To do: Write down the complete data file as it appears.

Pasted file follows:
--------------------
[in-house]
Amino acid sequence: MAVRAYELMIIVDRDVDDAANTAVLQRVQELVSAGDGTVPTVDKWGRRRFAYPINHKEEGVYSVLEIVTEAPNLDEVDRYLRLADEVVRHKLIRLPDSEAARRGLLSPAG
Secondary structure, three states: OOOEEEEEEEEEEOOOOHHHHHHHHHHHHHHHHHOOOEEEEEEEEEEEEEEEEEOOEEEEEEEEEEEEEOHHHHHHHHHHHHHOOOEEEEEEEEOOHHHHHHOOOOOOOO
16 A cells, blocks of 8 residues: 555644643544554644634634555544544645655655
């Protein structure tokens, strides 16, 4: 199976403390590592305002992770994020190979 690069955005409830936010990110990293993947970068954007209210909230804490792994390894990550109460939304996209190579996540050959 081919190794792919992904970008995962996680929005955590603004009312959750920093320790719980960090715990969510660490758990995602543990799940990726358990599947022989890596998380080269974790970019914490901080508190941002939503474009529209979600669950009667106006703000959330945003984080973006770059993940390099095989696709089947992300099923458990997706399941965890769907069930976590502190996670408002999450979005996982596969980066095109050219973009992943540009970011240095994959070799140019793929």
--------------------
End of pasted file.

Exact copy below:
[in-house]
Amino acid sequence: MAVRAYELMIIVDRDVDDAANTAVLQRVQELVSAGDGTVPTVDKWGRRRFAYPINHKEEGVYSVLEIVTEAPNLDEVDRYLRLADEVVRHKLIRLPDSEAARRGLLSPAG
Secondary structure, three states: OOOEEEEEEEEEEOOOOHHHHHHHHHHHHHHHHHOOOEEEEEEEEEEEEEEEEEOOEEEEEEEEEEEEEOHHHHHHHHHHHHHOOOEEEEEEEEOOHHHHHHOOOOOOOO
16 A cells, blocks of 8 residues: 555644643544554644634634555544544645655655
């Protein structure tokens, strides 16, 4: 199976403390590592305002992770994020190979 690069955005409830936010990110990293993947970068954007209210909230804490792994390894990550109460939304996209190579996540050959 081919190794792919992904970008995962996680929005955590603004009312959750920093320790719980960090715990969510660490758990995602543990799940990726358990599947022989890596998380080269974790970019914490901080508190941002939503474009529209979600669950009667106006703000959330945003984080973006770059993940390099095989696709089947992300099923458990997706399941965890769907069930976590502190996670408002999450979005996982596969980066095109050219973009992943540009970011240095994959070799140019793929």